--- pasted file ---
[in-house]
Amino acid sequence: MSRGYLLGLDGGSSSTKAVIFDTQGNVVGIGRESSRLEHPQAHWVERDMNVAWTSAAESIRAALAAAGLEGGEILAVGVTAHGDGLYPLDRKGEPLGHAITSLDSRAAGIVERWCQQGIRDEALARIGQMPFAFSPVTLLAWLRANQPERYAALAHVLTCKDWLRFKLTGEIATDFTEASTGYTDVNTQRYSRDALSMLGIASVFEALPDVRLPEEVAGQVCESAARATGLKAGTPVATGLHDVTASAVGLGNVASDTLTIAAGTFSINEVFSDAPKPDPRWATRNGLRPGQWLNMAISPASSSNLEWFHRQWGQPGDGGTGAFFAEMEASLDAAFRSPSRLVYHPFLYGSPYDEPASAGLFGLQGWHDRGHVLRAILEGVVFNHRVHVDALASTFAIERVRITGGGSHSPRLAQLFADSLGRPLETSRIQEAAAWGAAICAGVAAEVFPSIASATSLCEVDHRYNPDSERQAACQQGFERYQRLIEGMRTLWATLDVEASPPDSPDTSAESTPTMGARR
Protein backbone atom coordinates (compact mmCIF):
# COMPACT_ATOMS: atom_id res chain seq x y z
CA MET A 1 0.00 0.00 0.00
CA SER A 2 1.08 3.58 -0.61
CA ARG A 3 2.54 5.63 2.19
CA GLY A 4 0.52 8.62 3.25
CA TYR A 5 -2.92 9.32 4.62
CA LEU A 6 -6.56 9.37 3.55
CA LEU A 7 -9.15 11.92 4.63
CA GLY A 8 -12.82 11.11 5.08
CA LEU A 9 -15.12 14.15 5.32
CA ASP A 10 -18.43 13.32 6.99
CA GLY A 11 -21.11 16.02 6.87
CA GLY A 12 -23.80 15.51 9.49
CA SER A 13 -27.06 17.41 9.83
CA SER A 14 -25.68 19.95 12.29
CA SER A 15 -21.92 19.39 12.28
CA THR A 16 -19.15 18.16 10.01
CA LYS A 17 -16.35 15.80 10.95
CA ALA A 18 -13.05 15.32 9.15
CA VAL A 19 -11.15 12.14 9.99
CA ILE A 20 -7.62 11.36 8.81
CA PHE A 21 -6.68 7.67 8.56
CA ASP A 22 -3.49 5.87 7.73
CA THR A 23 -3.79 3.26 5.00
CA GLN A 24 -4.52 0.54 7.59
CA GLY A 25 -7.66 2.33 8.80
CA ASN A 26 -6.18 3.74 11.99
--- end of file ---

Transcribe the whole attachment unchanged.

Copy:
[in-house]
Amino acid sequence: MSRGYLLGLDGGSSSTKAVIFDTQGNVVGIGRESSRLEHPQAHWVERDMNVAWTSAAESIRAALAAAGLEGGEILAVGVTAHGDGLYPLDRKGEPLGHAITSLDSRAAGIVERWCQQGIRDEALARIGQMPFAFSPVTLLAWLRANQPERYAALAHVLTCKDWLRFKLTGEIATDFTEASTGYTDVNTQRYSRDALSMLGIASVFEALPDVRLPEEVAGQVCESAARATGLKAGTPVATGLHDVTASAVGLGNVASDTLTIAAGTFSINEVFSDAPKPDPRWATRNGLRPGQWLNMAISPASSSNLEWFHRQWGQPGDGGTGAFFAEMEASLDAAFRSPSRLVYHPFLYGSPYDEPASAGLFGLQGWHDRGHVLRAILEGVVFNHRVHVDALASTFAIERVRITGGGSHSPRLAQLFADSLGRPLETSRIQEAAAWGAAICAGVAAEVFPSIASATSLCEVDHRYNPDSERQAACQQGFERYQRLIEGMRTLWATLDVEASPPDSPDTSAESTPTMGARR
Protein backbone atom coordinates (compact mmCIF):
# COMPACT_ATOMS: atom_id res chain seq x y z
CA MET A 1 0.00 0.00 0.00
CA SER A 2 1.08 3.58 -0.61
CA ARG A 3 2.54 5.63 2.19
CA GLY A 4 0.52 8.62 3.25
CA TYR A 5 -2.92 9.32 4.62
CA LEU A 6 -6.56 9.37 3.55
CA LEU A 7 -9.15 11.92 4.63
CA GLY A 8 -12.82 11.11 5.08
CA LEU A 9 -15.12 14.15 5.32
CA ASP A 10 -18.43 13.32 6.99
CA GLY A 11 -21.11 16.02 6.87
CA GLY A 12 -23.80 15.51 9.49
CA SER A 13 -27.06 17.41 9.83
CA SER A 14 -25.68 19.95 12.29
CA SER A 15 -21.92 19.39 12.28
CA THR A 16 -19.15 18.16 10.01
CA LYS A 17 -16.35 15.80 10.95
CA ALA A 18 -13.05 15.32 9.15
CA VAL A 19 -11.15 12.14 9.99
CA ILE A 20 -7.62 11.36 8.81
CA PHE A 21 -6.68 7.67 8.56
CA ASP A 22 -3.49 5.87 7.73
CA THR A 23 -3.79 3.26 5.00
CA GLN A 24 -4.52 0.54 7.59
CA GLY A 25 -7.66 2.33 8.80
CA ASN A 26 -6.18 3.74 11.99